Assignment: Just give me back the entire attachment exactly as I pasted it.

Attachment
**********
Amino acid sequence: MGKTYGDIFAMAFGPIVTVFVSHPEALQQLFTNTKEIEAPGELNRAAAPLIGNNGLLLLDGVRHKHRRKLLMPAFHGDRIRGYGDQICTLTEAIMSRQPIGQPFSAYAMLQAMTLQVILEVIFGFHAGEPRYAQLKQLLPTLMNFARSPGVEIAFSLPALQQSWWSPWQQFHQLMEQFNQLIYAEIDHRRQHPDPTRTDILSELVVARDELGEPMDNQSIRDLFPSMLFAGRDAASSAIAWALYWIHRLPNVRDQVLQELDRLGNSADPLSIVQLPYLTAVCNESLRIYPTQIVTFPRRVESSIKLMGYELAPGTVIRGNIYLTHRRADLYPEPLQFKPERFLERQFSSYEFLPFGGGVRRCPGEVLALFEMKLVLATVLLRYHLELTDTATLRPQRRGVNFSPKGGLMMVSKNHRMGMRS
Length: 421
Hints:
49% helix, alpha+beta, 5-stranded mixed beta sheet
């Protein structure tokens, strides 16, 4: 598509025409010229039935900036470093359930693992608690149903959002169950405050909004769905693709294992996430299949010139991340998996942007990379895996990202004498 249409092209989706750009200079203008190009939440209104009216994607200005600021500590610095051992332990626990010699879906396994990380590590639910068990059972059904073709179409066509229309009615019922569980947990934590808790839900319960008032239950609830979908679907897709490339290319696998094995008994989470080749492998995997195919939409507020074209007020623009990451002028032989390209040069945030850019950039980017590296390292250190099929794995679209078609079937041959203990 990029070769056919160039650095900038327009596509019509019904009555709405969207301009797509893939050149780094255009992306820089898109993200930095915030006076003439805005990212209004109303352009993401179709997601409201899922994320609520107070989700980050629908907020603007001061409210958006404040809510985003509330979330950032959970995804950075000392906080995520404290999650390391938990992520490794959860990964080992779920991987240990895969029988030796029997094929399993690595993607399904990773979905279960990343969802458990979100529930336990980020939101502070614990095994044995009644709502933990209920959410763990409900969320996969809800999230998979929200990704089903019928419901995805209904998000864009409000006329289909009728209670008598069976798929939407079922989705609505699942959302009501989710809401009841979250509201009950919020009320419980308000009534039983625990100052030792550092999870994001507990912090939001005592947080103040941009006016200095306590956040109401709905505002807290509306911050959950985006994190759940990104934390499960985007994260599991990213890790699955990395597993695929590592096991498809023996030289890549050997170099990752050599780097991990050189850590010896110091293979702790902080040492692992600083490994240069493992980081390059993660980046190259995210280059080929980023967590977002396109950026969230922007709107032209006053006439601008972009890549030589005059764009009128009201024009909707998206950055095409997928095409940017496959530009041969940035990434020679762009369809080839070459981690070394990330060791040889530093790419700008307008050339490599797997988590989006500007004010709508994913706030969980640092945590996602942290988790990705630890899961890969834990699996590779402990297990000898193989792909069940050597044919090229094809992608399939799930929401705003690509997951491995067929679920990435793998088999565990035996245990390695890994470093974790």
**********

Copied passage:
Amino acid sequence: MGKTYGDIFAMAFGPIVTVFVSHPEALQQLFTNTKEIEAPGELNRAAAPLIGNNGLLLLDGVRHKHRRKLLMPAFHGDRIRGYGDQICTLTEAIMSRQPIGQPFSAYAMLQAMTLQVILEVIFGFHAGEPRYAQLKQLLPTLMNFARSPGVEIAFSLPALQQSWWSPWQQFHQLMEQFNQLIYAEIDHRRQHPDPTRTDILSELVVARDELGEPMDNQSIRDLFPSMLFAGRDAASSAIAWALYWIHRLPNVRDQVLQELDRLGNSADPLSIVQLPYLTAVCNESLRIYPTQIVTFPRRVESSIKLMGYELAPGTVIRGNIYLTHRRADLYPEPLQFKPERFLERQFSSYEFLPFGGGVRRCPGEVLALFEMKLVLATVLLRYHLELTDTATLRPQRRGVNFSPKGGLMMVSKNHRMGMRS
Length: 421
Hints:
49% helix, alpha+beta, 5-stranded mixed beta sheet
């Protein structure tokens, strides 16, 4: 598509025409010229039935900036470093359930693992608690149903959002169950405050909004769905693709294992996430299949010139991340998996942007990379895996990202004498 249409092209989706750009200079203008190009939440209104009216994607200005600021500590610095051992332990626990010699879906396994990380590590639910068990059972059904073709179409066509229309009615019922569980947990934590808790839900319960008032239950609830979908679907897709490339290319696998094995008994989470080749492998995997195919939409507020074209007020623009990451002028032989390209040069945030850019950039980017590296390292250190099929794995679209078609079937041959203990 990029070769056919160039650095900038327009596509019509019904009555709405969207301009797509893939050149780094255009992306820089898109993200930095915030006076003439805005990212209004109303352009993401179709997601409201899922994320609520107070989700980050629908907020603007001061409210958006404040809510985003509330979330950032959970995804950075000392906080995520404290999650390391938990992520490794959860990964080992779920991987240990895969029988030796029997094929399993690595993607399904990773979905279960990343969802458990979100529930336990980020939101502070614990095994044995009644709502933990209920959410763990409900969320996969809800999230998979929200990704089903019928419901995805209904998000864009409000006329289909009728209670008598069976798929939407079922989705609505699942959302009501989710809401009841979250509201009950919020009320419980308000009534039983625990100052030792550092999870994001507990912090939001005592947080103040941009006016200095306590956040109401709905505002807290509306911050959950985006994190759940990104934390499960985007994260599991990213890790699955990395597993695929590592096991498809023996030289890549050997170099990752050599780097991990050189850590010896110091293979702790902080040492692992600083490994240069493992980081390059993660980046190259995210280059080929980023967590977002396109950026969230922007709107032209006053006439601008972009890549030589005059764009009128009201024009909707998206950055095409997928095409940017496959530009041969940035990434020679762009369809080839070459981690070394990330060791040889530093790419700008307008050339490599797997988590989006500007004010709508994913706030969980640092945590996602942290988790990705630890899961890969834990699996590779402990297990000898193989792909069940050597044919090229094809992608399939799930929401705003690509997951491995067929679920990435793998088999565990035996245990390695890994470093974790």